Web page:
Our Material Choices: Upcycling Reclaimed Wood for the Conservation of Trees and Their Stories

Our Material Choices: Upcycling Reclaimed Wood for the Conservation of Trees and Their Stories

At Provenance Made, we have a deep love and respect for old growth trees and the unique qualities they provide. That's why we choose to upcycle, using reclaimed pieces of rare and storied woods to create our art. We believe in giving these woods a new life and a chance to tell their story.

The beauty of reclaimed wood lies in its character and history. We appreciate the intricate grain patterns, textures, and elements that these trees possess. In today's world, most of the wood used is grown as a crop, with trees cut and replanted for farming purposes. However, ancient trees and old growth forests take centuries to grow and develop, and once they're gone, they cannot be replaced.

Our reclaimed wood comes from various sources and has lived through many stages of life. It could have been a table leg in a school house or a presentation podium in an art museum. These pieces of wood have witnessed countless memories and have a unique story to tell.

In a disposable world, it's easy to replace an old table or chair. However, we believe in the importance of preserving the stories these objects carry with them. By using reclaimed wood, we aim to give these materials a new purpose and a chance to continue contributing to our lives.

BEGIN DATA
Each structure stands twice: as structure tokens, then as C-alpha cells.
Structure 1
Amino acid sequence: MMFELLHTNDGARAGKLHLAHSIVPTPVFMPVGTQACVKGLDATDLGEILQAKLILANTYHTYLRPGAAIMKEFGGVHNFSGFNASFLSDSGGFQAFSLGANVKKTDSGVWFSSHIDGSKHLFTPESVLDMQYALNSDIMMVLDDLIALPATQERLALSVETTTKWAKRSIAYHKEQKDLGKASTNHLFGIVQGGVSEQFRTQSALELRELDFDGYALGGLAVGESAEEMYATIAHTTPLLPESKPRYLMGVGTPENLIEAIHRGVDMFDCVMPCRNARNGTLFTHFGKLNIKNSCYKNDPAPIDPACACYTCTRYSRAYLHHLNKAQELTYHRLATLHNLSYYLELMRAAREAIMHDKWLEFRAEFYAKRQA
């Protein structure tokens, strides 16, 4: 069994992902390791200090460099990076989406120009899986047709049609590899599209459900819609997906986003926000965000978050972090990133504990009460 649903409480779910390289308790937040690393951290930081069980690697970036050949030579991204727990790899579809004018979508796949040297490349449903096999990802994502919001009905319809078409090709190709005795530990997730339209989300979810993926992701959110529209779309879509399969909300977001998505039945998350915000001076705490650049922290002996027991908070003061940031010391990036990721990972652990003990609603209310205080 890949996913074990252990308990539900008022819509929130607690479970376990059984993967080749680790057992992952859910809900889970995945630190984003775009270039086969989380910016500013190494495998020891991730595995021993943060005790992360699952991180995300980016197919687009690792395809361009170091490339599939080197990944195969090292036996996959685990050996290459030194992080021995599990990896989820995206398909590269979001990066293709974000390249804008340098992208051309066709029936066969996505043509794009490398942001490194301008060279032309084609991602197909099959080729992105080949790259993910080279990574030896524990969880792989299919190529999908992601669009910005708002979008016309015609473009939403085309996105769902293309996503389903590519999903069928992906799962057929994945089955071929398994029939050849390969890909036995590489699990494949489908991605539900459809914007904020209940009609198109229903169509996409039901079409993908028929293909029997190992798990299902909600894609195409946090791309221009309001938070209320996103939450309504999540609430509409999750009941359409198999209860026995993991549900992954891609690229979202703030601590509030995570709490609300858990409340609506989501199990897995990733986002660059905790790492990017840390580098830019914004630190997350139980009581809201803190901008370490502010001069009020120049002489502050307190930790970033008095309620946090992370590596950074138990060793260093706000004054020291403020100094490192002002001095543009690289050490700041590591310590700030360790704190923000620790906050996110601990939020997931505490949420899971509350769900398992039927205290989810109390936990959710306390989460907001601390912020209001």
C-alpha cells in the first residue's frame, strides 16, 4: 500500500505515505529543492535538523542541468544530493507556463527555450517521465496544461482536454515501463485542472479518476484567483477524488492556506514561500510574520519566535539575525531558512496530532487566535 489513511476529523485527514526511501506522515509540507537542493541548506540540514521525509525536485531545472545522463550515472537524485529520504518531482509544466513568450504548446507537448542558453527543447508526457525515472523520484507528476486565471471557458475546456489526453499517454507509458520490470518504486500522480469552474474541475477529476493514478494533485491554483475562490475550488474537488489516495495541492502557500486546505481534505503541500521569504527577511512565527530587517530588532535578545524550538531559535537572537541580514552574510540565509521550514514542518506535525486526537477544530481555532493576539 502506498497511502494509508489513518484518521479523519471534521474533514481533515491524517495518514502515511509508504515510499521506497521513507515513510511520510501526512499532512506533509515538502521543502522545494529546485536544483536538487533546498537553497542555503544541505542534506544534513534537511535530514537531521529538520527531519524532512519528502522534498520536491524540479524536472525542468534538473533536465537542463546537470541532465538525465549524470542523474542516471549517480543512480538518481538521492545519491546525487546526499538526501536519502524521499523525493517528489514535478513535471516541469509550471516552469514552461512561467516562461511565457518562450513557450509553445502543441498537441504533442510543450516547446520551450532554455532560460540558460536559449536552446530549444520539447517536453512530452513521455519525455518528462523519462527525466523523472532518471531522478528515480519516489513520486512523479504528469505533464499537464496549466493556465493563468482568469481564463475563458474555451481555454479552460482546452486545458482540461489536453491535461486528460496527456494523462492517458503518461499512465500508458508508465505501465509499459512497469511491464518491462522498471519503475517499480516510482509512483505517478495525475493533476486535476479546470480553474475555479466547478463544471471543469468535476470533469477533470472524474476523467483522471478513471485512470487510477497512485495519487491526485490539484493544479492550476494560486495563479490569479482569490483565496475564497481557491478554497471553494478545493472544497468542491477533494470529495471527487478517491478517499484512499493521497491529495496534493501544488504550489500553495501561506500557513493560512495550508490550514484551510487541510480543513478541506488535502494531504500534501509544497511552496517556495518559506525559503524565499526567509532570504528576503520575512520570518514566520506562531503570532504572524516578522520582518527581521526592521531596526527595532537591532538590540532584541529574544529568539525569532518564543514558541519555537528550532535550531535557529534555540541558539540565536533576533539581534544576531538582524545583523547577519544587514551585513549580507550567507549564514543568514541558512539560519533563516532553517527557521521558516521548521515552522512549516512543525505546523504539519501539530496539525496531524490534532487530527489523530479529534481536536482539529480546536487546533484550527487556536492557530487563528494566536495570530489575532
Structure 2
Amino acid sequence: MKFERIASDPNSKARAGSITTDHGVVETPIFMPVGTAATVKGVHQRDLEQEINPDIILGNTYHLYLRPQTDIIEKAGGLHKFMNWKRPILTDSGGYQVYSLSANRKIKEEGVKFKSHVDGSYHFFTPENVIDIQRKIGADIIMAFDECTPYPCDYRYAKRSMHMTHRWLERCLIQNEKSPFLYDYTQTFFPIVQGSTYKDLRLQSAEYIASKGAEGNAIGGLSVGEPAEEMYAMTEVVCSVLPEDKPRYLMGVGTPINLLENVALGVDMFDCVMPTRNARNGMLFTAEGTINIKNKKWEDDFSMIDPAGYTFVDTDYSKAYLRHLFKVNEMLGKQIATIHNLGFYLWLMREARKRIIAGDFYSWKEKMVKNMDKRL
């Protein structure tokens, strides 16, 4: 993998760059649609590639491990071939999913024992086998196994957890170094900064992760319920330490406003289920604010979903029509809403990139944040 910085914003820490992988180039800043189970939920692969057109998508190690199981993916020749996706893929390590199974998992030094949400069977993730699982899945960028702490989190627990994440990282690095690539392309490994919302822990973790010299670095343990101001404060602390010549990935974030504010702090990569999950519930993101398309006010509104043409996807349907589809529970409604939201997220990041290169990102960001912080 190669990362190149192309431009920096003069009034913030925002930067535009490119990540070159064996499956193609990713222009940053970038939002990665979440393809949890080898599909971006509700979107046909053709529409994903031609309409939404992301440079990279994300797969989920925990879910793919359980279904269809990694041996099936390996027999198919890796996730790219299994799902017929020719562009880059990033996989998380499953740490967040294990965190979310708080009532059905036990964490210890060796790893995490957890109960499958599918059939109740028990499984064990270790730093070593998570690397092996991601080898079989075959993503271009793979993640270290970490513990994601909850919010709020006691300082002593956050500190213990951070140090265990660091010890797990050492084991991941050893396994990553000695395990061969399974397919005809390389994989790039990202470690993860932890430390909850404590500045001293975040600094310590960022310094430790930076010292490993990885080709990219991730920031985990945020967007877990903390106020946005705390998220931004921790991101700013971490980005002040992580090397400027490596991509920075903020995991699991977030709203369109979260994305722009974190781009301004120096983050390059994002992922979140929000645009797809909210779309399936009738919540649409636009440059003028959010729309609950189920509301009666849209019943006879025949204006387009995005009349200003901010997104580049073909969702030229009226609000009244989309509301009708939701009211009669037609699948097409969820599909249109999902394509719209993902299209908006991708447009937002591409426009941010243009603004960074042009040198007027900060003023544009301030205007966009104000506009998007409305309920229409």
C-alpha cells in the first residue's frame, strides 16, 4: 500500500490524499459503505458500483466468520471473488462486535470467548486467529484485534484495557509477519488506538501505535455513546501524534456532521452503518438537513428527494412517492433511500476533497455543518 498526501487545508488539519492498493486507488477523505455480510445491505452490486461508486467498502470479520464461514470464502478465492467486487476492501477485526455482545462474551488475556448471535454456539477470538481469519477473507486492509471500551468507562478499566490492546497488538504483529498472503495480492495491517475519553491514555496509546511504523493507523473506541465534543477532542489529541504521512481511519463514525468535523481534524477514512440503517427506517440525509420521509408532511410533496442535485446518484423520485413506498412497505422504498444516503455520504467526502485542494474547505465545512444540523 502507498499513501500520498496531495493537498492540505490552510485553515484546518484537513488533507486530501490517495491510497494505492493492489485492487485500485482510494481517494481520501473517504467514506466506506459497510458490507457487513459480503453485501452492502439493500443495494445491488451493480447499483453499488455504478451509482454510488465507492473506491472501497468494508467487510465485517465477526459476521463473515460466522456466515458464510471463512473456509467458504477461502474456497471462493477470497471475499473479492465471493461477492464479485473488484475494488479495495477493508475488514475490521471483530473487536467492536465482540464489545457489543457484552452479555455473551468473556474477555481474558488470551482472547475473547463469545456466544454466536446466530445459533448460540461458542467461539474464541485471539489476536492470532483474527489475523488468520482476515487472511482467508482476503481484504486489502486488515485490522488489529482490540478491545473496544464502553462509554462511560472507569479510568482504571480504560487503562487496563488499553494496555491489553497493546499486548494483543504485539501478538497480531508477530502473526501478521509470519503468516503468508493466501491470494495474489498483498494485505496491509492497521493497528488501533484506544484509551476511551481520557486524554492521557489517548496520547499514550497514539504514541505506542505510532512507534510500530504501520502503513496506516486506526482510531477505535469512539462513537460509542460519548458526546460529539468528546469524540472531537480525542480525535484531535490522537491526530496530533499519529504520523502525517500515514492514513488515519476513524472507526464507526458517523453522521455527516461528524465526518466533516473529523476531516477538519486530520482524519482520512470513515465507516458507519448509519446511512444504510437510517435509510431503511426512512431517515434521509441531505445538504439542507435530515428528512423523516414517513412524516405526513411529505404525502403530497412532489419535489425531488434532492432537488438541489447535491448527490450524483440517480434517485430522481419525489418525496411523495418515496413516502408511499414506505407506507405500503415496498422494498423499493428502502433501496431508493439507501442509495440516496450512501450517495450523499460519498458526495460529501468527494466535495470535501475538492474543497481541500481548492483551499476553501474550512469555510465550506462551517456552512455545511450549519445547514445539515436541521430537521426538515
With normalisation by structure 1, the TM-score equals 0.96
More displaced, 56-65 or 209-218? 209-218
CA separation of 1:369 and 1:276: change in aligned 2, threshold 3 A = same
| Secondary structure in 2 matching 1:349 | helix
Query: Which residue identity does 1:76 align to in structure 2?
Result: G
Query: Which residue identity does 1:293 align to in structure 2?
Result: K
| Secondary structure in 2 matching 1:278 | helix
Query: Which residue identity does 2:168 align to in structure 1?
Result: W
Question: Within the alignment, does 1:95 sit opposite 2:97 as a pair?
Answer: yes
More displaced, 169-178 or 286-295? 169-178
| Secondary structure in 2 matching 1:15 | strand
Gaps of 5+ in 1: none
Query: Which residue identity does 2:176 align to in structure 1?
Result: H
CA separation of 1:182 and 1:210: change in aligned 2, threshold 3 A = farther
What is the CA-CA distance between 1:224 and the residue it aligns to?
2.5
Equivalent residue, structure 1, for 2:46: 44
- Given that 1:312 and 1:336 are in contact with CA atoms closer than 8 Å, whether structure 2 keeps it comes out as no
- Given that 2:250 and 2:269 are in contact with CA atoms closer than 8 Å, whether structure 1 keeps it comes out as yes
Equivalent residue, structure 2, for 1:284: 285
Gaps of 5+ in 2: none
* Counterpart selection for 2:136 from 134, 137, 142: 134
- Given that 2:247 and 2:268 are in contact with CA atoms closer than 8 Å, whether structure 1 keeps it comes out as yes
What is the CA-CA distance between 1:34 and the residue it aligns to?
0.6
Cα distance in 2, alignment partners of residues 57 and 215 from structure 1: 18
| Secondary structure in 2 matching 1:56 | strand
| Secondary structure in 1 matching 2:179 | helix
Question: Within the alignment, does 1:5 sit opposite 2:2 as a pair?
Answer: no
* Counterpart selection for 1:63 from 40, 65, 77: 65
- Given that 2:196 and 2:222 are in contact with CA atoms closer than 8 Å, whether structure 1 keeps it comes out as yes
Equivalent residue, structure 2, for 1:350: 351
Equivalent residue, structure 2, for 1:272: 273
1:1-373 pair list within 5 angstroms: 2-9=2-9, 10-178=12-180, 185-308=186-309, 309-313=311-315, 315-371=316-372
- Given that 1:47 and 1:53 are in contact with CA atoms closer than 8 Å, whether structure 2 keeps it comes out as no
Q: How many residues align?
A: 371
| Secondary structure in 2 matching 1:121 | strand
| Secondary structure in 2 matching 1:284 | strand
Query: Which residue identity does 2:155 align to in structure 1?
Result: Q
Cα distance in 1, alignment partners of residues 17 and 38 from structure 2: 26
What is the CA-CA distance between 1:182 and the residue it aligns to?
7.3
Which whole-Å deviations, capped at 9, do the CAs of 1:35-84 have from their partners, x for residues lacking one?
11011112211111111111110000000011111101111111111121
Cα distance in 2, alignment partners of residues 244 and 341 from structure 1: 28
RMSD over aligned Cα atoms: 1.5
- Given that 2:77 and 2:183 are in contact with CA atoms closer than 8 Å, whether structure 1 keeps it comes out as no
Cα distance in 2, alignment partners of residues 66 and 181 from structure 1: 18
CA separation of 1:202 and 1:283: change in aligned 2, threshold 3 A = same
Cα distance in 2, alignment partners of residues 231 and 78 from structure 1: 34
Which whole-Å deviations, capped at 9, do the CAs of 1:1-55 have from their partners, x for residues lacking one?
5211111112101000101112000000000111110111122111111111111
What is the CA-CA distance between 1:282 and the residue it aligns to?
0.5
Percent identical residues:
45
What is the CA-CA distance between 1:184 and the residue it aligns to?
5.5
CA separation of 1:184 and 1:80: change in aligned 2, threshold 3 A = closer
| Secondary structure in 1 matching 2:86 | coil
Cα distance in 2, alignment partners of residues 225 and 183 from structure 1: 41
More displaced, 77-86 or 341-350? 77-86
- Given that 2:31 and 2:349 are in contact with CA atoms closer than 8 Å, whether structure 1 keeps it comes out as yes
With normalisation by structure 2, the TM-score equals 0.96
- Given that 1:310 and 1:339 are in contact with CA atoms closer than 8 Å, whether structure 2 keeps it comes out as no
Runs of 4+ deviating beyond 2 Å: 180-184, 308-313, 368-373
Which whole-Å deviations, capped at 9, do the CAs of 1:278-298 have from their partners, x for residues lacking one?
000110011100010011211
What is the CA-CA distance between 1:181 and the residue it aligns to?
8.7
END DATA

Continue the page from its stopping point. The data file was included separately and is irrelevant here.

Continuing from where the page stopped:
Whether we're repairing old furniture or crafting a knife handle from a reclaimed piece of wood, our goal is to create beautiful, functional art that carries the spirit of the tree from which it came and the people with whom it interfaced. When you hold one of our creations, you're not only experiencing a piece of art but also a piece of history.

At Provenance Made, we're dedicated to upcycling reclaimed wood, preserving old growth trees, and sharing the extraordinary stories of these precious materials. By making conscious choices in our craftsmanship, we strive to honor the contributions of trees to our lives and the incredible journey each piece of wood has taken.


Photo of Bien Hecho's woodshop, Brooklyn. Photographer: James Wade

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